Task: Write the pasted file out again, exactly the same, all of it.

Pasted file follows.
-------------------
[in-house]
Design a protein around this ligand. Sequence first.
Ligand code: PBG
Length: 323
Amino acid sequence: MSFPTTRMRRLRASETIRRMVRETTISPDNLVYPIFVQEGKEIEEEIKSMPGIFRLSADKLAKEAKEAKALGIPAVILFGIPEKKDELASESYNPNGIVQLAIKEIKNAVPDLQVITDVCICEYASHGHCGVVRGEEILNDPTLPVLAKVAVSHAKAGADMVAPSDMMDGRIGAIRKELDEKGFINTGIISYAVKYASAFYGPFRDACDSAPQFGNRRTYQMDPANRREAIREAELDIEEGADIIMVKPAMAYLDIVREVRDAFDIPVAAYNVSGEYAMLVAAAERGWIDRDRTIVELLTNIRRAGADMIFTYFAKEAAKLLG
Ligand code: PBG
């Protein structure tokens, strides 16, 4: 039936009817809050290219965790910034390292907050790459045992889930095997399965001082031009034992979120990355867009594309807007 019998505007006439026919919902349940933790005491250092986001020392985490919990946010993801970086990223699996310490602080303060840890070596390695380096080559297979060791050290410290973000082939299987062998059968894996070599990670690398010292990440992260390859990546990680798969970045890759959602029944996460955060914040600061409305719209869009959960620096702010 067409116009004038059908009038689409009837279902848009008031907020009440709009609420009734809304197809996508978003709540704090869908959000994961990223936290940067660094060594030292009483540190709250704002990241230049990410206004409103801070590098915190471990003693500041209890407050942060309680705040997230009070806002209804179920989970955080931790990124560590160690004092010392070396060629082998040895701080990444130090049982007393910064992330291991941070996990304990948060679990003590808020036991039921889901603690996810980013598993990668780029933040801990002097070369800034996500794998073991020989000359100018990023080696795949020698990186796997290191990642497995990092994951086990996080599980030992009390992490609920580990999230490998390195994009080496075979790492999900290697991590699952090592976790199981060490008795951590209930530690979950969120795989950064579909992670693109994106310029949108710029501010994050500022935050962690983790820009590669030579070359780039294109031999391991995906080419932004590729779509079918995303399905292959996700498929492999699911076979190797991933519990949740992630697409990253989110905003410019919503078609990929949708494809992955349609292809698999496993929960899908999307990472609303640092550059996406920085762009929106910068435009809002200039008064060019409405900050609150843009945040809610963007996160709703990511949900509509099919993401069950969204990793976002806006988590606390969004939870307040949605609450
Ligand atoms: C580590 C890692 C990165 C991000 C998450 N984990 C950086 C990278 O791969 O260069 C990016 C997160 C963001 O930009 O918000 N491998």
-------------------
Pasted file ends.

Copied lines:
[in-house]
Design a protein around this ligand. Sequence first.
Ligand code: PBG
Length: 323
Amino acid sequence: MSFPTTRMRRLRASETIRRMVRETTISPDNLVYPIFVQEGKEIEEEIKSMPGIFRLSADKLAKEAKEAKALGIPAVILFGIPEKKDELASESYNPNGIVQLAIKEIKNAVPDLQVITDVCICEYASHGHCGVVRGEEILNDPTLPVLAKVAVSHAKAGADMVAPSDMMDGRIGAIRKELDEKGFINTGIISYAVKYASAFYGPFRDACDSAPQFGNRRTYQMDPANRREAIREAELDIEEGADIIMVKPAMAYLDIVREVRDAFDIPVAAYNVSGEYAMLVAAAERGWIDRDRTIVELLTNIRRAGADMIFTYFAKEAAKLLG
Ligand code: PBG
């Protein structure tokens, strides 16, 4: 039936009817809050290219965790910034390292907050790459045992889930095997399965001082031009034992979120990355867009594309807007 019998505007006439026919919902349940933790005491250092986001020392985490919990946010993801970086990223699996310490602080303060840890070596390695380096080559297979060791050290410290973000082939299987062998059968894996070599990670690398010292990440992260390859990546990680798969970045890759959602029944996460955060914040600061409305719209869009959960620096702010 067409116009004038059908009038689409009837279902848009008031907020009440709009609420009734809304197809996508978003709540704090869908959000994961990223936290940067660094060594030292009483540190709250704002990241230049990410206004409103801070590098915190471990003693500041209890407050942060309680705040997230009070806002209804179920989970955080931790990124560590160690004092010392070396060629082998040895701080990444130090049982007393910064992330291991941070996990304990948060679990003590808020036991039921889901603690996810980013598993990668780029933040801990002097070369800034996500794998073991020989000359100018990023080696795949020698990186796997290191990642497995990092994951086990996080599980030992009390992490609920580990999230490998390195994009080496075979790492999900290697991590699952090592976790199981060490008795951590209930530690979950969120795989950064579909992670693109994106310029949108710029501010994050500022935050962690983790820009590669030579070359780039294109031999391991995906080419932004590729779509079918995303399905292959996700498929492999699911076979190797991933519990949740992630697409990253989110905003410019919503078609990929949708494809992955349609292809698999496993929960899908999307990472609303640092550059996406920085762009929106910068435009809002200039008064060019409405900050609150843009945040809610963007996160709703990511949900509509099919993401069950969204990793976002806006988590606390969004939870307040949605609450
Ligand atoms: C580590 C890692 C990165 C991000 C998450 N984990 C950086 C990278 O791969 O260069 C990016 C997160 C963001 O930009 O918000 N491998």